Graphic design at UAB gives artist the skills to lead clients to the top

This spring, Samantha Richardson won her second Mosaic Award, the American Advertising Federation’s highest honor, for her work with a new Birmingham, Alabama, nonprofit, In Solidarity: The Beth El Civil Rights Experience.
  • Photo: Cary Norton, Design: Samantha Richardson

  • Photo: Cary Norton, Design: Samantha Richardson

  • Photo: Tyler Jones, Design: Samantha Richardson

  • Photo: Archives, Design: Samantha Richardson

  • Design: Samantha Richardson

  • Photo: Archives, Design: Samantha Richardson

  • Design: Samantha Richardson

  • Photo: Cary Norton, Design: Samantha Richardson

  • Photo: Cary Norton, Design: Samantha Richardson

  • Design: Samantha Richardson

  • Photo: Cary Norton, Design: Samantha Richardson

  • Credits: Jennifer Jones with Heart Smile for AAF Birmingham

Sam Rich StreamSamantha Richardson
Photo: Andrew Laningham
Artist Samantha Richardson is helping her nonprofit clients stand out with what she learned at the University of Alabama at Birmingham.

A graphic designer for 10 years and working in independent practice, Richardson has a mission to use her skills to make meaningful differences for the community. A 2017 graduate of the Department of Art and Art History in the College of Arts and Sciences, she learned about community engagement, creative empathy, and social responsibility and design — which became the core pillars of her work. While she was a student of Associate Professor Doug Barrett, Richardson’s Bachelor of Fine Arts project on the Birmingham neighborhood Fountain Heights won the American Advertising Foundation’s highest honor, a National Mosaic Award. 

Now her work for a new Birmingham, Alabama, nonprofit is winning awards and helping win her client national acclaim.

In Solidarity: The Beth El Civil Rights Experience opened in January, and in March, the Alabama American Advertising Awards honored the work Richardson and others did with a Mosaic Award. The award recognizes individuals whose commitment to diversity and inclusion is evident through their creative work and initiatives. In Solidarity also won a Gold ADDY for its public service campaign and three Silver ADDYs for its website, guide and film.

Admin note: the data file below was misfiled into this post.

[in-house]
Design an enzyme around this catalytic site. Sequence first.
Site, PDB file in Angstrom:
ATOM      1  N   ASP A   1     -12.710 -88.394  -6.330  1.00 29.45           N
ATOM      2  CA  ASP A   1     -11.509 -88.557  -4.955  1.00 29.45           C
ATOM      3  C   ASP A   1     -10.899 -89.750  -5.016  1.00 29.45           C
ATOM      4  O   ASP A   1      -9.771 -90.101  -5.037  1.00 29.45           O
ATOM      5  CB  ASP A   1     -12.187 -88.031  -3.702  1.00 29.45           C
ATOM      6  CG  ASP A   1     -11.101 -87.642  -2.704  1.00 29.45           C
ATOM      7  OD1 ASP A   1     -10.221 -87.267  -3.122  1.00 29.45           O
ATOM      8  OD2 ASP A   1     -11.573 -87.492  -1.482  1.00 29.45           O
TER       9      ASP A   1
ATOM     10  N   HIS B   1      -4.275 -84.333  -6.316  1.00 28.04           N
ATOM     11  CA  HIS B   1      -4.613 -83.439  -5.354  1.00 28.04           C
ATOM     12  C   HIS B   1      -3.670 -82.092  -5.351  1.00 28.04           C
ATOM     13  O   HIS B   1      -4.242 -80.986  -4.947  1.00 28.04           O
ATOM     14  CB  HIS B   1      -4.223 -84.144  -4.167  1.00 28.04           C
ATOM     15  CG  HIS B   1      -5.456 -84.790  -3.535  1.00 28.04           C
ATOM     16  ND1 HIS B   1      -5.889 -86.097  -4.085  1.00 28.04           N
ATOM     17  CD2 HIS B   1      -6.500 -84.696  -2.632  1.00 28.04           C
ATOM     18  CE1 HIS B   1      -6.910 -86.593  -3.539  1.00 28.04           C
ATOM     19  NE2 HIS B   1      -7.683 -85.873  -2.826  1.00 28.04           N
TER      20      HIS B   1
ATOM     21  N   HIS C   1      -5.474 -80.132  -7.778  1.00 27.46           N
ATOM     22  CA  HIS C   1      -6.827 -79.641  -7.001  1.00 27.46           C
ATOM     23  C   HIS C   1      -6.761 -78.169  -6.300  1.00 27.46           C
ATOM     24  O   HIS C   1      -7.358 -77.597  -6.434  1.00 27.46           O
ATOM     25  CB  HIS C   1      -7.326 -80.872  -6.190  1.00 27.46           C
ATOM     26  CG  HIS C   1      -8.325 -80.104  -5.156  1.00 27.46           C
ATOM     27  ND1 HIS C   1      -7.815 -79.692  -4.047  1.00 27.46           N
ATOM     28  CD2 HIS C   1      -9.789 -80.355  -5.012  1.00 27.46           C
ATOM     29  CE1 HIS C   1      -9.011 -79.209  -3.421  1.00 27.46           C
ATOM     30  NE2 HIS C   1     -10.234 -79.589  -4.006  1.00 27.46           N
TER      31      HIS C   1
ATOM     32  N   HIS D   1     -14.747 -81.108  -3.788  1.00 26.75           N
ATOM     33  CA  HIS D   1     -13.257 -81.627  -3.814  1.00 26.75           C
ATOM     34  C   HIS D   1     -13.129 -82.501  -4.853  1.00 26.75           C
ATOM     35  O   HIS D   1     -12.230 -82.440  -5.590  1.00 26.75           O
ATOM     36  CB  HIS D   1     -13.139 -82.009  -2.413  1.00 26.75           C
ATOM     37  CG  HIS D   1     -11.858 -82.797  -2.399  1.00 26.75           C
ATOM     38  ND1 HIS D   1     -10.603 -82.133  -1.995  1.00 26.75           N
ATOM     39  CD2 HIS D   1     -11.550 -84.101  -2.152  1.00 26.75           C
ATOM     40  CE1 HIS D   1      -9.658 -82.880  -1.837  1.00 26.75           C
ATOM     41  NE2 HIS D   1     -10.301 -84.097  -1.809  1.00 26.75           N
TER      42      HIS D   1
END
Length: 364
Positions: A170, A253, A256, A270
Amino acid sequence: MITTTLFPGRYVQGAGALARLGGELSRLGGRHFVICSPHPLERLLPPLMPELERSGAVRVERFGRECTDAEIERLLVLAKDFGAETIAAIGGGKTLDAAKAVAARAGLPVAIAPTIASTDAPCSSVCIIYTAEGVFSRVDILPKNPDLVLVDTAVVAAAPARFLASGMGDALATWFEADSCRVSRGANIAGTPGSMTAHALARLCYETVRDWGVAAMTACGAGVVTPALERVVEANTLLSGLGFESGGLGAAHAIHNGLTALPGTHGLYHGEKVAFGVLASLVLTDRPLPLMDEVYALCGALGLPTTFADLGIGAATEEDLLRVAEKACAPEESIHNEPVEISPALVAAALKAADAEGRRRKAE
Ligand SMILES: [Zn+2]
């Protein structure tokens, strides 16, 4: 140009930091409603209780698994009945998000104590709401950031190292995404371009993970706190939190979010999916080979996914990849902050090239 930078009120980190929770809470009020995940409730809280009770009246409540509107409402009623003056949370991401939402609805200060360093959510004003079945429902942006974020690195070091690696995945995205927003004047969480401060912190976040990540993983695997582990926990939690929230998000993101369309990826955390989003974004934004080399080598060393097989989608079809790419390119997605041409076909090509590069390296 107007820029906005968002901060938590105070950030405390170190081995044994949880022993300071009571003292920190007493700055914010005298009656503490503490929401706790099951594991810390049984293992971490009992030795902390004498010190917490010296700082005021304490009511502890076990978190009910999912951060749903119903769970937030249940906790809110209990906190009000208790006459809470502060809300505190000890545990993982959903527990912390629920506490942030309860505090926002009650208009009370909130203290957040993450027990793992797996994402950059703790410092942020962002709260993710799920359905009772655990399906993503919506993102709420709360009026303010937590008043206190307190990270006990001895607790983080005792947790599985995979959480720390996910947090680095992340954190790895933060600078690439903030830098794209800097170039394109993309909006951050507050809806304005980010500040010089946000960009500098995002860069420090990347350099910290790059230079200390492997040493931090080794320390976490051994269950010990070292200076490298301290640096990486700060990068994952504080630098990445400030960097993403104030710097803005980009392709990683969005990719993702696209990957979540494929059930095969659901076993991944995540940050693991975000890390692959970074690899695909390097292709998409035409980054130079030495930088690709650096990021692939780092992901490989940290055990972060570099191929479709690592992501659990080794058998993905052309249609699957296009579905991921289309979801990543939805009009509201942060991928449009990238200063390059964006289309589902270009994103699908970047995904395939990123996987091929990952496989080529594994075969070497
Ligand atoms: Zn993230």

“Being recognized a second time with the Mosaic Award is such an honor and a testament to the UAB Department of Art and Art History and how it prepared and educated me for a design career centered around social impact,” Richardson said.  

In May, In Solidarity was featured in The New York Times, and the film for the project was named a 2024 Telly Award winner, earning Silver in the category Advocacy & Causes – Non-Broadcast.

In Solidarity: The Beth El Civil Rights Experience

On April 28, 1958, someone placed 54 sticks of dynamite outside a window at Temple Beth El, one of the city’s oldest synagogues. It did not explode. The incident was part of a wave of bombings and attempted bombings at Jewish institutions across the Deep South in 1957 and 1958.

In Solidarity: The Beth El Civil Rights Experience explores Birmingham’s civil rights history through the Jewish community’s lens. The 90-minute, docent-led tour includes a short documentary connecting the incident to present-day white supremacy, with audio stories from congregants who reflect on the Jewish experience in Birmingham and participatory exercises to discover Jewish community members during the Civil Rights Movement.


Tyler Jones, director of 1504, a narrative studio in Birmingham, had seen Richardson’s previous work for Beth El and approached her to collaborate. For the project, Richardson says she relied on a core principle she learned at UAB to inform her design choices: Use the existing visual language of the community.

“I like to pull visual elements forward from the communities that I am participating in, like imagery from the stained-glass windows and illustrations created from photographs,” Richardson said. “That gives it authenticity and helps people to clearly see and connect with it.”